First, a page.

| US_MR_CPHA       // CPHA = 1
                   | US_MR_CHRL_8_BIT
                   | US_MR_CLKO;
  USART0->US_BRGR = US_BRGR_CD(6); // Baud rate = 84MHz/6 = 14 MHz < 20 MHz
  USART0->US_CR = US_CR_RXEN       // Enable Receiver and Transmitter
                  | US_CR_TXEN;

So, the chip will not prevent me setting the SPI mode, even when the pin package does not support it on that port - good.

Thanks for the sample code.

Could this damage the chip/USART bus?

I need that "strange" output to communicate with LANC devices - all communication stuff (e.g. stop bits) are send by the device, even when its receiving data. The Arduino can only send bare data bits. Its a very odd protocoll - but I can't change that. Receving data on the Arduino will be the RX3 pin, but in normal serial mode. And to make it worse, some extra bits will be "read" by an extra I/O pin, to get the timing right. So, if you really want to understand "why", try to built a LANC controller using an USART bus.

Could this damage the chip/USART bus? I don't see why setting USART3 in SPI mode would damage anything ?

BTW, I have never read anything about a LANC protocol. What is it used for ?

Edit: I found this projetc as a LANC protocol for arduino: https://create.arduino.cc/projecthub/L-Rosen/serial-to-lanc-control-l-70f735?f=1

"I don't see why setting USART3 in SPI mode would damage anything ?" I don't know how the not used clock line is terminated inside the pin package.

Many photo, film and video cameras use LANC, e.g. Blackmagic Design Cinema Camera.

I know that project (and quiete some more resources on the internet about LANC), but they all do bitbanging - which is ok, if the Arduino doesn't have much else to do. But my poor little ARM-chip will have so many (time critical) things to do, that I have to offload the LANC communication to an extra controller.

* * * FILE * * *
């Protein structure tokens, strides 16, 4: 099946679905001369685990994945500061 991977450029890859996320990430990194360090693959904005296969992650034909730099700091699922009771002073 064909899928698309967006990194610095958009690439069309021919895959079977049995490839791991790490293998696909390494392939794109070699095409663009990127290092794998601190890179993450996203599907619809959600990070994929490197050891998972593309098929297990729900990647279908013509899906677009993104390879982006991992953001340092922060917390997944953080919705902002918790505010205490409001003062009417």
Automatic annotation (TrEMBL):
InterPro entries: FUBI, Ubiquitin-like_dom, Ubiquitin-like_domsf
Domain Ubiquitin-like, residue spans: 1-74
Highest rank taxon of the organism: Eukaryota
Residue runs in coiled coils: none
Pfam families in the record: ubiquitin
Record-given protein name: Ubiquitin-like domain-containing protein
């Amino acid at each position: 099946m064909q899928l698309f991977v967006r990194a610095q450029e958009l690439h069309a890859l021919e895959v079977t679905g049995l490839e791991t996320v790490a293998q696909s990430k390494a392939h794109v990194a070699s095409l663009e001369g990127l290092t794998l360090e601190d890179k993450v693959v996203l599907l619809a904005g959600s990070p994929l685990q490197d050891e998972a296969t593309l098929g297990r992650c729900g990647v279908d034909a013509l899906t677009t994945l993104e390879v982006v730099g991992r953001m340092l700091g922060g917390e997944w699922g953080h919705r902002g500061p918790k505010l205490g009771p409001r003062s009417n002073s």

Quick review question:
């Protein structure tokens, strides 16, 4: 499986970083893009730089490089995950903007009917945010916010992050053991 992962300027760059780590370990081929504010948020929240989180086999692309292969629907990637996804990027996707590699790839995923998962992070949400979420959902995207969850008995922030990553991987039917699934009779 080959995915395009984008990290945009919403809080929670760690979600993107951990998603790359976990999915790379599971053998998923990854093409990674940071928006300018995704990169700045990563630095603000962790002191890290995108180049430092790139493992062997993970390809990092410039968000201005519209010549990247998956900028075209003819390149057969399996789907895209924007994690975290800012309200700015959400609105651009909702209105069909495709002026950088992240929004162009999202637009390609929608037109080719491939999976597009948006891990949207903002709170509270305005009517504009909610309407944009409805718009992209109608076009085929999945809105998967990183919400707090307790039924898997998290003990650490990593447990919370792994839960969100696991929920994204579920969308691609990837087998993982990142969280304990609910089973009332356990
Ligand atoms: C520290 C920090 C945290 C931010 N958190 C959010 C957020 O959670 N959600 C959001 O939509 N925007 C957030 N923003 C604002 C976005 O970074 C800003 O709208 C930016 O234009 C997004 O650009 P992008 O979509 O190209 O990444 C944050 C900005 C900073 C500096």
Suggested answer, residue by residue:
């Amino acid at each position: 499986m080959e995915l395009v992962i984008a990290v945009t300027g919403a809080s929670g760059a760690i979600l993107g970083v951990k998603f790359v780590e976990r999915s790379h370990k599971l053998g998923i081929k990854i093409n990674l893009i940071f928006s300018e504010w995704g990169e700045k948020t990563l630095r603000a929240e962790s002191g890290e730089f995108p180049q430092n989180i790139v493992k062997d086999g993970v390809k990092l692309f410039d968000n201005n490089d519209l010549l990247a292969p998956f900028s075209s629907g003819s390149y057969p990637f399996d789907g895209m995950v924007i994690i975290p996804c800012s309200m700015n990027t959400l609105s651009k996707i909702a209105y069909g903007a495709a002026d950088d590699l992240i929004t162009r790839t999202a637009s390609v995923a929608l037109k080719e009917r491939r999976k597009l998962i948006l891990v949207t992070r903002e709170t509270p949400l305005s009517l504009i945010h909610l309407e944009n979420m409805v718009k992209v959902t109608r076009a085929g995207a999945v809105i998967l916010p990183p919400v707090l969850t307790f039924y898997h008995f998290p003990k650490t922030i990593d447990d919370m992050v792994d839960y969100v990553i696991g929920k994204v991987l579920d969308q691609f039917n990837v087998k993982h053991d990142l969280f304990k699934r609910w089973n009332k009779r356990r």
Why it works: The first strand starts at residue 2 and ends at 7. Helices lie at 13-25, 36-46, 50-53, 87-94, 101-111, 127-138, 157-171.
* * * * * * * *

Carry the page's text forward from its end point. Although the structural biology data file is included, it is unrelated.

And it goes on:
Psyco: "I don't see why setting USART3 in SPI mode would damage anything ?" I don't know how the not used clock line is terminated inside the pin package.

Since PE16, namely SCK3 (SPI master clock output) is not present on the chip, there is only an internal clock for USART3 (which is good) and setting this internal clock obviousely do not damage anything. I did a sketch in which I initialize USART3 with its internal clock in SPI master mode, and the DUE works still nicely. This is true for other pins, e.g. PA31 is not available for the 144 pins chips (see page 618), however you can set or clear PA31 and nothing will be damaged in the chip.

Psyco: ...my poor little ARM-chip will have so many (time critical) things to do....

IMO it is REALLY difficult to achieve more than 95% of a Sam3x capacity unless you don't use it properly. The only example I can think of is a video streaming software, probably because no DMA had been used.

Thanks for the quick test - really appreciate it (can't test with my board at the moment).

Oh, if I will get to 95% of that chips capacity I would be happy, but I really doubt it. Its more that I have a lot of time critical tasks running and want to make sure that non gets delayed. The rest will be filled with (simple) calculations and won't really tax the CPU.